Does the apology make it better, or worse?

While traveling last week, I checked into my hotel, headed to my assigned room, swiped my key and opened the door to find the room was still occupied by the previous guest, who was still clad in her pajamas. In my state of shock and embarrassment, I managed to blurt out something to the effect of, “Oh my gosh, I’m so sorry!” before retreating in haste.

Once back at the front desk, the clerk gave me an explanation to the effect of the computer system inexplicably showing that she had checked out. After giving me my new key, he sent me on my way with a half-hearted, “Sorry about that.”

It struck me that my apology to the guest I’d just walked in on was a lot more sincere and emotive than the one I’d just gotten from the clerk. And I’m guessing he didn’t think to call and apologize to the woman I’d walked in on, either (he really should have because she deserved to hear it).

I’m not one of those cantankerous patrons who needs a staff to trip over themselves to make me happy. But really, this mistake wasn’t just inconvenient and a little embarrassing for me. It was probably pretty unnerving for the shocked guest, too. And a sincere apology could have turned the entire thing around for both of us.

Mistakes happen, for students, for parents, for colleges, for high schools, etc. Not even the most conscientious of us is going to get it right every time.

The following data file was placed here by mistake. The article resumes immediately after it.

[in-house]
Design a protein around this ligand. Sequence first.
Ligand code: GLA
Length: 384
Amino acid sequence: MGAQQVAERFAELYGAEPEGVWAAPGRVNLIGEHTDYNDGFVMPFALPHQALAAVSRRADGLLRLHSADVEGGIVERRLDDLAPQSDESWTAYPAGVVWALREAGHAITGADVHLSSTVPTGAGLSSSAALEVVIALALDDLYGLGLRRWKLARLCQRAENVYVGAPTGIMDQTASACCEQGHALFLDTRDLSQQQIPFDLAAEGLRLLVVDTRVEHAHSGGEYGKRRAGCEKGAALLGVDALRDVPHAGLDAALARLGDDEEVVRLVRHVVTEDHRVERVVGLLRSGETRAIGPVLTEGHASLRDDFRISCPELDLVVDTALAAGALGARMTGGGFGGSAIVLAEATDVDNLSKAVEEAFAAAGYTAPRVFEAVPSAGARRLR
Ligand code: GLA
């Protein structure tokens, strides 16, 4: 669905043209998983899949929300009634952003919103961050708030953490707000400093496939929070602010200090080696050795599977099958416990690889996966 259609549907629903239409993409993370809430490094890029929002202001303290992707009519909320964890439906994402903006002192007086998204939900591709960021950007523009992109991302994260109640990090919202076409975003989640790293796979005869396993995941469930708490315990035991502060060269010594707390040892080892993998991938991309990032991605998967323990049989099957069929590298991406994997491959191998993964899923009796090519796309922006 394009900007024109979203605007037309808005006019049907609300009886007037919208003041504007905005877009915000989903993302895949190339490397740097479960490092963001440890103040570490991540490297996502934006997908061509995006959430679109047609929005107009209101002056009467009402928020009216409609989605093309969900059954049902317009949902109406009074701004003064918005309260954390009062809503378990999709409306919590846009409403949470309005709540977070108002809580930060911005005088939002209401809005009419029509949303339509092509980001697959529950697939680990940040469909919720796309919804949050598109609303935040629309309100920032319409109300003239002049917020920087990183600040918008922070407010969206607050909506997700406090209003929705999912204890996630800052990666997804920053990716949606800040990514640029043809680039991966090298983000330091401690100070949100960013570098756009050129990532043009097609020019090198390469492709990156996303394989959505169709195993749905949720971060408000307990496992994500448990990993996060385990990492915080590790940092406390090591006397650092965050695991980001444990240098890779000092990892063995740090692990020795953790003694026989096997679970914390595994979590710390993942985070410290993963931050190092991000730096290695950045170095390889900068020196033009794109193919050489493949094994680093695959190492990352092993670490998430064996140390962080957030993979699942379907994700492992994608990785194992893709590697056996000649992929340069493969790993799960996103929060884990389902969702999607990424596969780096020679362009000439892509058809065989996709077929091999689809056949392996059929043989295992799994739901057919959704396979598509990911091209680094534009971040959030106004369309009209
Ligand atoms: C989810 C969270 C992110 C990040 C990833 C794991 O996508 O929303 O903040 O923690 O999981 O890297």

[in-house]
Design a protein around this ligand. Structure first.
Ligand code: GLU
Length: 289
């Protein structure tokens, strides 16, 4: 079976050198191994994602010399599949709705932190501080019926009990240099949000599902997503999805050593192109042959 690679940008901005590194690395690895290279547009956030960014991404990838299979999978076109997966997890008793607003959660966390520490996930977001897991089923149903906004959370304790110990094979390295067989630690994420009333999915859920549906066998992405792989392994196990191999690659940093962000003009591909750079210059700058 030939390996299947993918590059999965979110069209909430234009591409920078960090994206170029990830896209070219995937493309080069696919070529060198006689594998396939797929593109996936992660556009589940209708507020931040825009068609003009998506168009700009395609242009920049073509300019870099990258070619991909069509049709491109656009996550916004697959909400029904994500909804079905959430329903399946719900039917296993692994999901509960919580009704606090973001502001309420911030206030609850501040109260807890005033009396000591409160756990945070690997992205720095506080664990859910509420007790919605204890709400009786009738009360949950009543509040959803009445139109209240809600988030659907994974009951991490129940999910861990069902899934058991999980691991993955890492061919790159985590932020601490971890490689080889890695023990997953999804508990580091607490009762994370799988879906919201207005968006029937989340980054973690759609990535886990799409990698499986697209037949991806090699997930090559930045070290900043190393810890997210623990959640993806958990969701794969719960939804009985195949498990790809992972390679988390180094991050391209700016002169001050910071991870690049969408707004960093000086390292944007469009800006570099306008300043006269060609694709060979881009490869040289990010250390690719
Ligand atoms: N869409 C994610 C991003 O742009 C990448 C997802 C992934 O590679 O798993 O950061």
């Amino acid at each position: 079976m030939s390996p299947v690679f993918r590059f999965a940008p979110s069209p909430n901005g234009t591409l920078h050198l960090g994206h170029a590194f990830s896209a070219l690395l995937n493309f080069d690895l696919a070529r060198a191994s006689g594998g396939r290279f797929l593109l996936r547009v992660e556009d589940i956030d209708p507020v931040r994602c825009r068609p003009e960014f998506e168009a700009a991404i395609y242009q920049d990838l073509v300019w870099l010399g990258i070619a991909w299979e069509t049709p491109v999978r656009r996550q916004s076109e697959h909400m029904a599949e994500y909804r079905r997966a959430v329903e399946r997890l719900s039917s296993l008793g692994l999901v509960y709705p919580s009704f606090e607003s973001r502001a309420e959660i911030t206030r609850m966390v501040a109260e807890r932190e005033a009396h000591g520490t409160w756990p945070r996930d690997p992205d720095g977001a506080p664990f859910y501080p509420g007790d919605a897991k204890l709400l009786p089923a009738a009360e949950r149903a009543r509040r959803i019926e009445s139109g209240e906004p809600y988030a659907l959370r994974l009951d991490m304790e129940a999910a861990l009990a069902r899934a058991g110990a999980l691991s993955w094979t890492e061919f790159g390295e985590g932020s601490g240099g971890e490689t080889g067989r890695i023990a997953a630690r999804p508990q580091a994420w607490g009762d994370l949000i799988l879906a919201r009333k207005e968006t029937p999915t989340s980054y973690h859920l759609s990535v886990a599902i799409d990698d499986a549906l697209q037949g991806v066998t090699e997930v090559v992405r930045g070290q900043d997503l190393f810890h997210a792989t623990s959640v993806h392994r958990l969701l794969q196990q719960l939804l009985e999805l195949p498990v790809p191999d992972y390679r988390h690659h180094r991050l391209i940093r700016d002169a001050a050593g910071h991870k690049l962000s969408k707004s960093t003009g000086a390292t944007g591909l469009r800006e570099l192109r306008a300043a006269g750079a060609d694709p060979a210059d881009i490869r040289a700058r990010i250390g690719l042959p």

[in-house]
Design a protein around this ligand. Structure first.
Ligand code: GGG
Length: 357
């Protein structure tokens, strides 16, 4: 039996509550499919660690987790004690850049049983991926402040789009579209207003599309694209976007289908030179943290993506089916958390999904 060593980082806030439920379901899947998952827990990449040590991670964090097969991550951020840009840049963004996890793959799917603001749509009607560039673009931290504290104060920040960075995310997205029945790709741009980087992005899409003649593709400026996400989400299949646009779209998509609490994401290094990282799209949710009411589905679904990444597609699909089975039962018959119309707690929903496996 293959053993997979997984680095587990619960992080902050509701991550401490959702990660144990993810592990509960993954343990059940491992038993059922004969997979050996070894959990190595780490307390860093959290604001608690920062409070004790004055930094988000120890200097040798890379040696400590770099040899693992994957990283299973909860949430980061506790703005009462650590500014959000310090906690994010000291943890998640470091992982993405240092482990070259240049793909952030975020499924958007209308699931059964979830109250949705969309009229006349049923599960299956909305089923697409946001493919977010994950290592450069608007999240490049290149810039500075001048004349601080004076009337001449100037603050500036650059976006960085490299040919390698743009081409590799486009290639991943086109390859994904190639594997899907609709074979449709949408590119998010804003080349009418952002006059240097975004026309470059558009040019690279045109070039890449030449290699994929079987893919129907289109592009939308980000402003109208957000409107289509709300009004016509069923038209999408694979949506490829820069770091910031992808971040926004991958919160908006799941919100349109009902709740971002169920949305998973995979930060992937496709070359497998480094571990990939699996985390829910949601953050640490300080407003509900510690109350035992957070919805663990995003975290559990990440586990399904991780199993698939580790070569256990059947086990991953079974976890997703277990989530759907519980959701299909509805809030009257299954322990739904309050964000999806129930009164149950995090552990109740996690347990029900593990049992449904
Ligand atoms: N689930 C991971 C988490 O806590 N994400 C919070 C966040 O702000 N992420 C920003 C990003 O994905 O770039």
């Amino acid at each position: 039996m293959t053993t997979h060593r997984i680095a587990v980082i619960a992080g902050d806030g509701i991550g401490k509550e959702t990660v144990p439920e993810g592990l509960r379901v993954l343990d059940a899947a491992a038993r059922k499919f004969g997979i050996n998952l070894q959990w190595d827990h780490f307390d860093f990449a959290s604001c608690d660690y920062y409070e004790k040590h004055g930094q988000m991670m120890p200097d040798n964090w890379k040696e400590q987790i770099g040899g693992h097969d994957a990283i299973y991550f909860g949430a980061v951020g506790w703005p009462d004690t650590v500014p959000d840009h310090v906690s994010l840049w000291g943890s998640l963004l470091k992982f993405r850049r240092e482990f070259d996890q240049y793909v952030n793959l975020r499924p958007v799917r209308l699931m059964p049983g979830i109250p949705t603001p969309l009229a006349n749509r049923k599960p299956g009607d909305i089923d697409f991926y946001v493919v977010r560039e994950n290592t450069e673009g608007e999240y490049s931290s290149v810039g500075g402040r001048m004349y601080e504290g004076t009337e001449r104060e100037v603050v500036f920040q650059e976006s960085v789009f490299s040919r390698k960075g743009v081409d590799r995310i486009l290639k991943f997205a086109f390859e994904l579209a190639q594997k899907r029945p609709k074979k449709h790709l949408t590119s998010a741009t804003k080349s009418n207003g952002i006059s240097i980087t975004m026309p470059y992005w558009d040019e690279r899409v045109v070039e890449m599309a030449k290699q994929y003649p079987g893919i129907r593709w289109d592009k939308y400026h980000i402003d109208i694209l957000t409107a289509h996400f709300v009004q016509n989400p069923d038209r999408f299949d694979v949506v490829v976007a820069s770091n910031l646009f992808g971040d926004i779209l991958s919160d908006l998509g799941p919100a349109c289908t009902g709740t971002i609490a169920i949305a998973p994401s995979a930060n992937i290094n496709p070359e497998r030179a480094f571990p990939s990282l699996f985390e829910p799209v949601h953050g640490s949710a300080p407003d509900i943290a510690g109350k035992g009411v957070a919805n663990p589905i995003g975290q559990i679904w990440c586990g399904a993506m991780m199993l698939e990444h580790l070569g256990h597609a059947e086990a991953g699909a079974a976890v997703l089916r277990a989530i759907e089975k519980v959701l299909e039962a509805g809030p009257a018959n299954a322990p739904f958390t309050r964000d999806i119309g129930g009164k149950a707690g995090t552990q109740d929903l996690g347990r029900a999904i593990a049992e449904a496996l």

But a good apology, one that’s sincere and that both acknowledges and owns the mistake, is enough to make up for all but the most egregious errors. Experience has taught me that most people are predisposed to forgive, but a good apology is the invitation to do so. Even the guest I barged in on was pretty gracious about it (she just laughed and said, “That’s OK” as I was retreating out the door).

Whatever the setting, don’t say you’re sorry just to say it. And don’t give the literal or figurative version of, “We apologize for any inconvenience this may have caused.” Do it like you mean it.

When the mistake has already been made, the opportunity for a good apology is still available.